“Quantum computing” could potentially crack encryption used for confidential bank data. With an ambition to step up its cybercrime resilience, Danske Bank has now collaborated with Denmark’s tech university DTU to perform “the first data transfer in the Nordics secured by quantum keys on a network outside a laboratory”.
The emerging technology of quantum computing could threaten encrypted secrets like bank data which we transfer over public networks already today, if the data is stored by the cybercriminals in the meantime. PostTrade 360° has covered the topic in connection with past conference sessions, such as here.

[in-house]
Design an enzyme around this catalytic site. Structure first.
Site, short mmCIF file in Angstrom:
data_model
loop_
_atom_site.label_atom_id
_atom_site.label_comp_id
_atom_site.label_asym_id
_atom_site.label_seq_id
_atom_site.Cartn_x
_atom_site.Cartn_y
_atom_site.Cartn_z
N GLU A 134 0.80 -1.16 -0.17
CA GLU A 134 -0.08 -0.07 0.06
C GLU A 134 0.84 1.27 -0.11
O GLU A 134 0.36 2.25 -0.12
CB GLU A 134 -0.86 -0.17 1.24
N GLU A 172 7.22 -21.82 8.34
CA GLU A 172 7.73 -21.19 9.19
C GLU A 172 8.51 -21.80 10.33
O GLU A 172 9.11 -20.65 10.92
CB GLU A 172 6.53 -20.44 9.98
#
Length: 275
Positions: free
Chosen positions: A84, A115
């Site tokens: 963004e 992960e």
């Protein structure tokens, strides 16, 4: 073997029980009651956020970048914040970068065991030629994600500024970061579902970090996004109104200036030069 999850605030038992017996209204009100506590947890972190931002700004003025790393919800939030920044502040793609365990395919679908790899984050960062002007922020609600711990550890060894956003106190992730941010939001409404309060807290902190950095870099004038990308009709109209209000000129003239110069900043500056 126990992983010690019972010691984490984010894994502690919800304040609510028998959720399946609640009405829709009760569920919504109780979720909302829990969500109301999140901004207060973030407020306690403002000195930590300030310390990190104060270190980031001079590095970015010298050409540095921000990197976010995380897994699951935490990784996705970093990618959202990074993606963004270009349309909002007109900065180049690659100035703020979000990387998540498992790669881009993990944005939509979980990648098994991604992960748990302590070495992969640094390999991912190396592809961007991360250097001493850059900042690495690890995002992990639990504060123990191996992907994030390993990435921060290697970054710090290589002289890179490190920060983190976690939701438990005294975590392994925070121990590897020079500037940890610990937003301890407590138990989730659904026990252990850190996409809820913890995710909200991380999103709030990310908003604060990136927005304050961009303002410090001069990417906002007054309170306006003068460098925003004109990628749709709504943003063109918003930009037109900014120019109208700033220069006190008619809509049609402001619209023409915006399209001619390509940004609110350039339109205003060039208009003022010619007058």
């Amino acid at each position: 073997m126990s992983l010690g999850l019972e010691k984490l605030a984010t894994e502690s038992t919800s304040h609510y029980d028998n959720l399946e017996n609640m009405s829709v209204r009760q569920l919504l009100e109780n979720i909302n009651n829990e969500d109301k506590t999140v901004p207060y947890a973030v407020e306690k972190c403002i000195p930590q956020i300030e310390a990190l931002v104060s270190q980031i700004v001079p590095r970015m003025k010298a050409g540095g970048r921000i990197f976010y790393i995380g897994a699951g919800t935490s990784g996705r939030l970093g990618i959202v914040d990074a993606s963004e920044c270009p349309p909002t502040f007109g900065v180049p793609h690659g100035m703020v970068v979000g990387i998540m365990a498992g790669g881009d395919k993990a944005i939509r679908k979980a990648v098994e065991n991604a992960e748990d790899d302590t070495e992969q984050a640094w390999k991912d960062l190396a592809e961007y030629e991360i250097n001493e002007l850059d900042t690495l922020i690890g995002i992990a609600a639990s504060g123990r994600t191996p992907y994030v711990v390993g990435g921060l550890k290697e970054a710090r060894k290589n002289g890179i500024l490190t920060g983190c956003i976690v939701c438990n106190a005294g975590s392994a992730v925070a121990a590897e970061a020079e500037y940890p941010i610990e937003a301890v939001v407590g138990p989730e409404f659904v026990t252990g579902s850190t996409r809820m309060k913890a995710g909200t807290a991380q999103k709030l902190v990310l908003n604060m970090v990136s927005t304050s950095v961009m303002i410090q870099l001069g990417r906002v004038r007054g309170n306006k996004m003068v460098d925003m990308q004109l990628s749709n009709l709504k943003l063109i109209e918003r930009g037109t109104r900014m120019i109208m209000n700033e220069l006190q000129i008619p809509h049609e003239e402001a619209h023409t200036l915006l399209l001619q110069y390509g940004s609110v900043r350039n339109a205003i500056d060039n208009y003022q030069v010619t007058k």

DTU researchers, together with consultancy firm KPMG, have now successfully performed the transfer between two Danske Bank computers acting as data centres, a press release notes.
Quantum computing defies the laws of traditional computing, as its logic builds on vectoral values rather than binary bits. The resilience of traditional crypto methods against a quantum computer-based attack will vary between methods, with weak methods being in widespread use.